The retired LA County deputy sheriff received the first same-day hip replacement ever done in the Santa Clarita Valley.

“When I told friends about it, their reaction was, ‘Hey, wait a second, did you say same day?’” Savoie said.

Health care providers are seeking a competitive advantage by shortening or eliminating hospital stays, which reduces the risk of infection, reduces costs, and boost patient satisfaction.

Orthopedic surgeon Alon Antebi

With hip replacement, or arthroplasty, a key difference that eliminates the need for a hospital stay “is going in from the front,” said orthopedic surgeon Alon Antebi, D.O., who performed the procedure Dec. 22 at Providence Summit Surgical Center in Valencia.

“The traditional method is to cut through the gluteus maximus, the butt muscle, then through three or four tendons,” Antebi said. The front, or anterior, approach, instead allows the surgeon to go in between muscles. “The anterior approach is the shortest route, and cuts the least amount of tissue,” he said.

In addition to working with Providence, Antebi, who has replaced several thousand hip joints, is on staff at Henry Mayo Newhall Memorial Hospital. He is chief of the orthopedic department at Antelope Valley Hospital in Lancaster and chief of the Joint Program at Ridgecrest Regional Hospital in Ridgecrest.

Hip replacement surgery is intended to restore a patient’s range of motion and relieve pain, most often from arthritis. The surgeon removes the patient’s worn out ball and socket joint and replaces the joint with one made of an artificial socket.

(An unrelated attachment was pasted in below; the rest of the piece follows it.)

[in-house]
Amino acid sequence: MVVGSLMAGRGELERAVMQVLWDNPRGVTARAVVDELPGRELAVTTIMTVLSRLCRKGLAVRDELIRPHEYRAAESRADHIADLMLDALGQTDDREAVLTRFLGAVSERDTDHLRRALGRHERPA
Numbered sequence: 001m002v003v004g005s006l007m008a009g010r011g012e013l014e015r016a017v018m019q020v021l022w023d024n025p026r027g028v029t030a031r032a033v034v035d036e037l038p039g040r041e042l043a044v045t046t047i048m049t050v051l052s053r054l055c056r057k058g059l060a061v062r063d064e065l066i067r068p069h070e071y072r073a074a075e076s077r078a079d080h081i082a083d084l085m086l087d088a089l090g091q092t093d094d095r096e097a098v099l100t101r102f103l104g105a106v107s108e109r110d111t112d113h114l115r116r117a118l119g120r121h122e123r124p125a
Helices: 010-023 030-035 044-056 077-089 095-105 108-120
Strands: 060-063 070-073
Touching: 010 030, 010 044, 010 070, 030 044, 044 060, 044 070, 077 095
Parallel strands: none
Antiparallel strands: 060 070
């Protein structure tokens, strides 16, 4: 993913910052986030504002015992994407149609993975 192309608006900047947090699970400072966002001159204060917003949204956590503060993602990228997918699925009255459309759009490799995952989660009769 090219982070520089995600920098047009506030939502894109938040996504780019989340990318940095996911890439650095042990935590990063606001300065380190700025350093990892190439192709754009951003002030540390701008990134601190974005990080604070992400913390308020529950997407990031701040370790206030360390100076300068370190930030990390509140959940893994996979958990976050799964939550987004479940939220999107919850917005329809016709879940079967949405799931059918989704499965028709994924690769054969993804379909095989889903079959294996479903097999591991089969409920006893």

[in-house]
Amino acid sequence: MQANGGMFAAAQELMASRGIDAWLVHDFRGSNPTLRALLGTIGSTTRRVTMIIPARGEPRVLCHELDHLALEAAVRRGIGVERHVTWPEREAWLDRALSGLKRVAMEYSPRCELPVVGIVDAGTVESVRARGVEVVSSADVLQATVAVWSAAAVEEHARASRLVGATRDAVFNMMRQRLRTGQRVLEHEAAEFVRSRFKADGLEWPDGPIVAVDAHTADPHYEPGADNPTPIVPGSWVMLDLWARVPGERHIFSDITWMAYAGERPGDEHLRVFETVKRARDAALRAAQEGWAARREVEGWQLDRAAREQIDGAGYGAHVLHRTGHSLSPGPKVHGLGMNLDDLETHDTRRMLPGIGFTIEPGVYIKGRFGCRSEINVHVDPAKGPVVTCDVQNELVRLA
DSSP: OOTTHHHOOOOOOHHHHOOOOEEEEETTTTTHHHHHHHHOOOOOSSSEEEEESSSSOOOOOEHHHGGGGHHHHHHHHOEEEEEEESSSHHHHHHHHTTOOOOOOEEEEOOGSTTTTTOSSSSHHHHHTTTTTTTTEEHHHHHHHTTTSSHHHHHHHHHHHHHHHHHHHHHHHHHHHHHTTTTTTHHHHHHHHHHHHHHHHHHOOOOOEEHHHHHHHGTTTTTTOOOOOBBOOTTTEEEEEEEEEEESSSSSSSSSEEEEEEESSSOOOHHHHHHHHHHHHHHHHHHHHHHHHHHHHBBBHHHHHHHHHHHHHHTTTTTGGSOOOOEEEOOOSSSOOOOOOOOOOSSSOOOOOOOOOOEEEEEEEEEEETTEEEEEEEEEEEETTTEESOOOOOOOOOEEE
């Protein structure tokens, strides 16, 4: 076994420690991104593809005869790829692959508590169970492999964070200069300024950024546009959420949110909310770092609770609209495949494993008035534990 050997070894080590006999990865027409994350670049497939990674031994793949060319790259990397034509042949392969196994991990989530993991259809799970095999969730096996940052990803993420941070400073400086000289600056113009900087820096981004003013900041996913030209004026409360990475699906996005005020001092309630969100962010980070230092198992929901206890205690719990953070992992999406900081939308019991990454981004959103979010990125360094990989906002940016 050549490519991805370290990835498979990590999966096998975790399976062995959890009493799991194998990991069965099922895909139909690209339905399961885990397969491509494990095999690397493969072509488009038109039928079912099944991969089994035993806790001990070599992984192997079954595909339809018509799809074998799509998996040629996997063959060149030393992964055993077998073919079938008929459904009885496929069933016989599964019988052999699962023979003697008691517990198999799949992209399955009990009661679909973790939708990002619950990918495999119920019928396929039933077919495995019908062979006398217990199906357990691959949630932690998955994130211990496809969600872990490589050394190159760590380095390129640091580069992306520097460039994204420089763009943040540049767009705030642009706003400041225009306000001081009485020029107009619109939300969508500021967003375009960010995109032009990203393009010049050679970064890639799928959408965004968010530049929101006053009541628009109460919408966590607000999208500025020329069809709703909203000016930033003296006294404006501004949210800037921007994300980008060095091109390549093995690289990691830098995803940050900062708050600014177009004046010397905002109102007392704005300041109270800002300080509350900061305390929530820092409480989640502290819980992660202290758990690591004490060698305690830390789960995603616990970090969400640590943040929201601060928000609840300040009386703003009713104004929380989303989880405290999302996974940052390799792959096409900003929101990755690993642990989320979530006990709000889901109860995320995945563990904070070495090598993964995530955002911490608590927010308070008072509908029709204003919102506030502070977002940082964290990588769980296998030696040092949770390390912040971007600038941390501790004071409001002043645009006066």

The first same-day outpatient hip replacement was performed at New York University in 2015. The procedure is growing in popularity, though it’s not for everyone. “This procedure is appropriate as long as you have a native or virgin hip,” Antebi said. “It’s not for those having an artificial hip replaced with a new one.”

Most commercial insurers cover the same-day procedure, but so far, Medicare does not.

Antebi uses a special surgical “Hana table,” that provides more direct access to the patient and the ability to reposition the patient during surgery. Every facility he operates at has bought the table, which costs $70,000 to $120,000. The table is radiolucent, rendering it invisible to X-rays.

The first ambulatory surgical center opened in 1970. Today, there are more than 5,300 Medicare-certified centers in the United States, according to the Ambulatory Surgery Center Association in Alexandria, Va.

According to the Centers for Disease Control and Prevention, 332,000 Americans have total hip replacements in the United States each year.

For Savoie, who lives in Acton, recovery can’t come fast enough. A self-described active guy, he’s had operations on both knees, and now has a new left hip.

“I wanted the recovery to go faster,” he said. “I’ve got several acres of land with horses and chickens and dogs, and I want to get back outside.”

About the author

Patrick Mullen

Patrick Mullen

Patrick Mullen grew up in Syracuse, N.Y., and moved to Santa Clarita from Cleveland in 2016. He covered the business side of health care for 15 years.

Patrick Mullen

Patrick Mullen

Patrick Mullen grew up in Syracuse, N.Y., and moved to Santa Clarita from Cleveland in 2016. He covered the business side of health care for 15 years.